At the end of the year there was a huge upheaval at Maranello and many engineers left. Of the existing drivers, only Mairesse was retained for 1963, but once more Dei came to Bandini’s rescue, for he had bought Graham Hill’s title-winning BRM and painted it red. Lorenzo loved the car and qualified third for the German Grand Prix at the Nürburgring – several seconds faster than Hill’s newer works car – only to crash on the first lap. Another accident, a few minutes later, was to change the course of his career: Mairesse went off at Flugplatz and was badly hurt.
“Mairesse was very quick, but unstable,” says Surtees. “He did it wrong lots of times, and after that shunt at the ’Ring Lorenzo became my natural team-mate at Ferrari.”
Bandini had been contracted to race Ferrari sports cars, he and Ludovico Scarfiotti winning at Le Mans, but F1 was his passion, and now at last he was where he wanted to be.
In 1964 Lorenzo married Margherita Freddi, the daughter of his original mentor, and went on to have an excellent season, winning the Austrian Grand Prix and finishing well elsewhere. At the final race – Mexico – he was, however, involved in an incident of some controversy. Jim Clark, Hill and Surtees were all in contention for the world championship, and Bandini ran into the back of Hill’s BRM at a hairpin, ending Graham’s hopes of the title – which ultimately went to Surtees. It was all very unfortunate, but no one who knew Lorenzo believed it was anything other than accidental, and at Christmas Graham sent him an LP of driving lessons! They had style in those days, did they not?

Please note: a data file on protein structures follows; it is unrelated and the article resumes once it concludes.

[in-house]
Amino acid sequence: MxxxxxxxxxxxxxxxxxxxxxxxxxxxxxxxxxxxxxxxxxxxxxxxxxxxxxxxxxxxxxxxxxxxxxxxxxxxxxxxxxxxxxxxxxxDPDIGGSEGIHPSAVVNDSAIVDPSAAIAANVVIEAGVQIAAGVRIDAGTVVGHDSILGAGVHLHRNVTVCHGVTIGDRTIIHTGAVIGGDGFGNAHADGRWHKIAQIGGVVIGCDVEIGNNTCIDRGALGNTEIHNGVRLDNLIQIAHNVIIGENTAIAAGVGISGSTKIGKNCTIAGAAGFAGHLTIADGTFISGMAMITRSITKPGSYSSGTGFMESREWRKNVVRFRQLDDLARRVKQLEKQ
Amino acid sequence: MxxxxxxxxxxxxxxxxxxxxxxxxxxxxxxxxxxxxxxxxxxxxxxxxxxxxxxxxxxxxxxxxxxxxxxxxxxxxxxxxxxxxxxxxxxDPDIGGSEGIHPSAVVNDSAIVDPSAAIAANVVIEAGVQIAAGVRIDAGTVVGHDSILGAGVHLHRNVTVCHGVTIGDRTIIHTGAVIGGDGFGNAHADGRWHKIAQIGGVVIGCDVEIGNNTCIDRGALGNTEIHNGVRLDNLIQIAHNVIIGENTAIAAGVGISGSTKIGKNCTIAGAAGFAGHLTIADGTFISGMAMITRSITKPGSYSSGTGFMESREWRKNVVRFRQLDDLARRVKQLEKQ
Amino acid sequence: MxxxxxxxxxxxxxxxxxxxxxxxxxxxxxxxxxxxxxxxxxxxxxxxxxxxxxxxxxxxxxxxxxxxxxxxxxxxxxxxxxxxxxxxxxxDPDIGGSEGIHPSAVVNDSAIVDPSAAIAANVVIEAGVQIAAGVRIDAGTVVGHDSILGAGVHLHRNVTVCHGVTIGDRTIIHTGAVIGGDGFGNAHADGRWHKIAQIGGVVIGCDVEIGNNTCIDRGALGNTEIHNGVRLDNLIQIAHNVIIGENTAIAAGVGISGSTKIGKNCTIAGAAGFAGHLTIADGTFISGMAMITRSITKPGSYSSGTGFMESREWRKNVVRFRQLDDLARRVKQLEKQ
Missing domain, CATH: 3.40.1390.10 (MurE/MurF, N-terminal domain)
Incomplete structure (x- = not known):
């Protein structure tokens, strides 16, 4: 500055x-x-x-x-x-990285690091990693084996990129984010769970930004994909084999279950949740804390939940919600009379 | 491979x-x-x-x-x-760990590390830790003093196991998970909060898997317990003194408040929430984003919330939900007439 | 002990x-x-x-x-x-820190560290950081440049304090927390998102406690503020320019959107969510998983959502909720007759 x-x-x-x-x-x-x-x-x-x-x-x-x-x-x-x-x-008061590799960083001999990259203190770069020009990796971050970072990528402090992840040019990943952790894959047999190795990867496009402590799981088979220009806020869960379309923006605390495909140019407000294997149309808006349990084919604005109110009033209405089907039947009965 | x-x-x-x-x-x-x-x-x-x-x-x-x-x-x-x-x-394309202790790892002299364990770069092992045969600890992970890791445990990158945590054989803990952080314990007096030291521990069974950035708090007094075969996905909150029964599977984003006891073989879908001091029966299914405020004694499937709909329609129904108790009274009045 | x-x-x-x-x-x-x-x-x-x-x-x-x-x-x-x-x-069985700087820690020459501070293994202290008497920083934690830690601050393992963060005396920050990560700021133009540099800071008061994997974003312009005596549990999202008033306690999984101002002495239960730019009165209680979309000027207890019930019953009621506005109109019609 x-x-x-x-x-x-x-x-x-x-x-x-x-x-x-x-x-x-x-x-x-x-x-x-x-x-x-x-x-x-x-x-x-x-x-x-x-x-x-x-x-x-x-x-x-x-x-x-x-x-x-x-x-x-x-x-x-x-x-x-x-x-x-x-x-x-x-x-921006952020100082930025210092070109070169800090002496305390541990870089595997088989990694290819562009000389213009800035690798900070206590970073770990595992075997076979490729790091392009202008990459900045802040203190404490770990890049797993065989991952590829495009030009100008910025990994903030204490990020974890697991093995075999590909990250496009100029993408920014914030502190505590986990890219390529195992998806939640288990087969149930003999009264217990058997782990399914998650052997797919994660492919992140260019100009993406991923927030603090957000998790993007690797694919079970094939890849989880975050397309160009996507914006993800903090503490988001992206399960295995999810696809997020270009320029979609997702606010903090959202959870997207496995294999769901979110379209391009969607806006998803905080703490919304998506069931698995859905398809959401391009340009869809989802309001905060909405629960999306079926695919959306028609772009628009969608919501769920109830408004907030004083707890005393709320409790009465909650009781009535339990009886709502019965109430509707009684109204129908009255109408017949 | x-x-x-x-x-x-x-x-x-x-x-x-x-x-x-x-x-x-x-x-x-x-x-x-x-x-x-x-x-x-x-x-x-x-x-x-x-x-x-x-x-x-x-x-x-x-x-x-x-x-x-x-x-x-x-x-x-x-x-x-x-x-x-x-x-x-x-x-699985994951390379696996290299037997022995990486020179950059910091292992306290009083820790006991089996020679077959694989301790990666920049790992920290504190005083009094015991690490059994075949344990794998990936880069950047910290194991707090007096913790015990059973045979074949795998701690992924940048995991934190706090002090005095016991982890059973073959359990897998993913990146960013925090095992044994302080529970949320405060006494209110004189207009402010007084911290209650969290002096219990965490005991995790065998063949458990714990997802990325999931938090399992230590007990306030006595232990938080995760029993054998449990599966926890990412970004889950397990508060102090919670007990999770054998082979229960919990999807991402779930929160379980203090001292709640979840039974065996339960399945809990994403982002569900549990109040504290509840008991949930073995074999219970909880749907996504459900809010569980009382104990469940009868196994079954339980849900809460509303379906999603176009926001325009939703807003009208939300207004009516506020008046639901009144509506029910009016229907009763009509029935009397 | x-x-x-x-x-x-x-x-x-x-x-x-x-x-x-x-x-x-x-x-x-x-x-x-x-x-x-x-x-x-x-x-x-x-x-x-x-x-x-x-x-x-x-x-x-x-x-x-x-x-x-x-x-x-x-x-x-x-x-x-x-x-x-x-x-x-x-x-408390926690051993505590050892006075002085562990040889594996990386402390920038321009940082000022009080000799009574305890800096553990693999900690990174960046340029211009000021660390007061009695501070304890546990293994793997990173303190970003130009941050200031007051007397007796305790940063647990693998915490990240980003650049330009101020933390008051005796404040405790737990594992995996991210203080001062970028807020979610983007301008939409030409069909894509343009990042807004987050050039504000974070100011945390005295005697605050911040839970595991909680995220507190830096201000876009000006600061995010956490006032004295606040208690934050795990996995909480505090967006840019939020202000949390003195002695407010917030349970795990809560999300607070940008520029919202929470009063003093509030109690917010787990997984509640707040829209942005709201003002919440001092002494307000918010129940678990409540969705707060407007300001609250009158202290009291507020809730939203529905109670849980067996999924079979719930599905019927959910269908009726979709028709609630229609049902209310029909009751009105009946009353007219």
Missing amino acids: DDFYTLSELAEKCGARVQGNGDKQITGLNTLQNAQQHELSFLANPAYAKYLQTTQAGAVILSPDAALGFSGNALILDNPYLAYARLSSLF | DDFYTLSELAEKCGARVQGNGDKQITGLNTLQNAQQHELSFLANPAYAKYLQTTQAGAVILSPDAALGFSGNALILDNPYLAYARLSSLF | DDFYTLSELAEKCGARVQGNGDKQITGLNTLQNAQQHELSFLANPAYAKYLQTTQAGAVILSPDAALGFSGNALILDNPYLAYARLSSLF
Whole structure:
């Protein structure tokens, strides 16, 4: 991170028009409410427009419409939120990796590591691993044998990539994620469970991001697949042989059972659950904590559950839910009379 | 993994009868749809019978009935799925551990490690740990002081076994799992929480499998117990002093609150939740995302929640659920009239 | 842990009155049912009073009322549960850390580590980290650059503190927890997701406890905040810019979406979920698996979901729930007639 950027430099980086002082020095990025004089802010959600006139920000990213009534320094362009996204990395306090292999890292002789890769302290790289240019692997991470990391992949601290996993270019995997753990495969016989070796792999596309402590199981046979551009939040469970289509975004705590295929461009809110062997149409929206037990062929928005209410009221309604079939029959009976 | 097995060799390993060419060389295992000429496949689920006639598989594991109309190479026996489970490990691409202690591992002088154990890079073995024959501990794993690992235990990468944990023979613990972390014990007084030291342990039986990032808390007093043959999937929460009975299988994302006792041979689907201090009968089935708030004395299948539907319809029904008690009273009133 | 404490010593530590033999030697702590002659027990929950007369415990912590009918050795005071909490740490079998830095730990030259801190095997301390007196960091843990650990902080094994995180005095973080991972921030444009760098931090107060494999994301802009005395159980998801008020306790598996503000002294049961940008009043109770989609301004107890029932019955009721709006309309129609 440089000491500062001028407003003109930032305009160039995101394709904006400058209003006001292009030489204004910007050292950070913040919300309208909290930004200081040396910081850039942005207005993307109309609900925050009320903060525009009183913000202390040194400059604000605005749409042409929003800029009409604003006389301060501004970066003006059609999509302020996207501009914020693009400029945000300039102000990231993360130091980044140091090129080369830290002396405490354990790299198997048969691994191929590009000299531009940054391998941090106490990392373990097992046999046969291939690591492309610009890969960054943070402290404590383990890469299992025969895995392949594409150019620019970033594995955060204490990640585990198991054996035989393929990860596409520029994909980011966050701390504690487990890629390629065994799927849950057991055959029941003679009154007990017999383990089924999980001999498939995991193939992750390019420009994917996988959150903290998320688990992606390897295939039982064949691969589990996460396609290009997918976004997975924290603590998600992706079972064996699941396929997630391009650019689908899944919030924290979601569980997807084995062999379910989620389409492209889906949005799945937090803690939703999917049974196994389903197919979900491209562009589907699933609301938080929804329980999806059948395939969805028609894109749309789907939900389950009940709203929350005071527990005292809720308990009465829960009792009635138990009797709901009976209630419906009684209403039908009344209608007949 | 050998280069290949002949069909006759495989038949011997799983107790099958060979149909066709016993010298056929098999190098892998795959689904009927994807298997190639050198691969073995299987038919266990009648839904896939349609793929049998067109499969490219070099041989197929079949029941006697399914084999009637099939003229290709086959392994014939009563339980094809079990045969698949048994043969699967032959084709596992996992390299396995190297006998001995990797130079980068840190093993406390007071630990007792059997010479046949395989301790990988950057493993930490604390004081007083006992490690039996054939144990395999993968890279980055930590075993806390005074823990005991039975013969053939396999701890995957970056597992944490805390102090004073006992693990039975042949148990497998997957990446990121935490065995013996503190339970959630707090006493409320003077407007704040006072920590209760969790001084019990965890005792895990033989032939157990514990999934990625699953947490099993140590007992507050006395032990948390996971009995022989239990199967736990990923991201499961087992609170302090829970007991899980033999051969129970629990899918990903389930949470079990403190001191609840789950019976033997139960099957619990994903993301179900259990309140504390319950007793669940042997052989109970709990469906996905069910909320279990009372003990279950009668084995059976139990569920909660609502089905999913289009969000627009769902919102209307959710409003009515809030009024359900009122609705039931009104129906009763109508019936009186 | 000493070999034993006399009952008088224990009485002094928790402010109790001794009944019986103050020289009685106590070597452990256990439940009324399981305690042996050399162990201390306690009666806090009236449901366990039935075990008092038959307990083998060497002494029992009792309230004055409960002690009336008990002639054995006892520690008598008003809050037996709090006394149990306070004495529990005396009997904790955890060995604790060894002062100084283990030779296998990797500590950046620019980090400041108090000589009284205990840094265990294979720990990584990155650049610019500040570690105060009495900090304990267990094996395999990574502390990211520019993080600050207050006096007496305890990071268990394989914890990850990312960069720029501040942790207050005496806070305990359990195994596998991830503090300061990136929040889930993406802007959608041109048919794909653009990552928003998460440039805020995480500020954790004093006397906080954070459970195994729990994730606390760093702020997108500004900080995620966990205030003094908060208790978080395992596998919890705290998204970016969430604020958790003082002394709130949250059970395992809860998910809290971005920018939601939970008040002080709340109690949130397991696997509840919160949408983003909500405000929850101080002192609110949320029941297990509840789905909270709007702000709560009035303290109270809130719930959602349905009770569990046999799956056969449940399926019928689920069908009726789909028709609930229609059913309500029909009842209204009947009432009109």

Surtees and Bandini were retained by Ferrari for 1965, but this was a ‘Clark’ year and there were no grand prix wins for the team, Lorenzo’s major success being victory at the Targa Florio, co-driving with Nino Vaccarella.
The 3-litre F1 began in 1966, and Monaco was the first round of the world championship, Ferrari sending a new V12 for Surtees and a 2.4-litre V6 for Bandini. John retired early, leaving Jackie Stewart’s BRM in the lead, but towards the end Lorenzo began to catch him, setting new lap records before settling for second. At the wet Belgian Grand Prix he was third behind Surtees and Jochen Rindt, and this, as it turned out, was to be John’s last grand prix drive for Ferrari.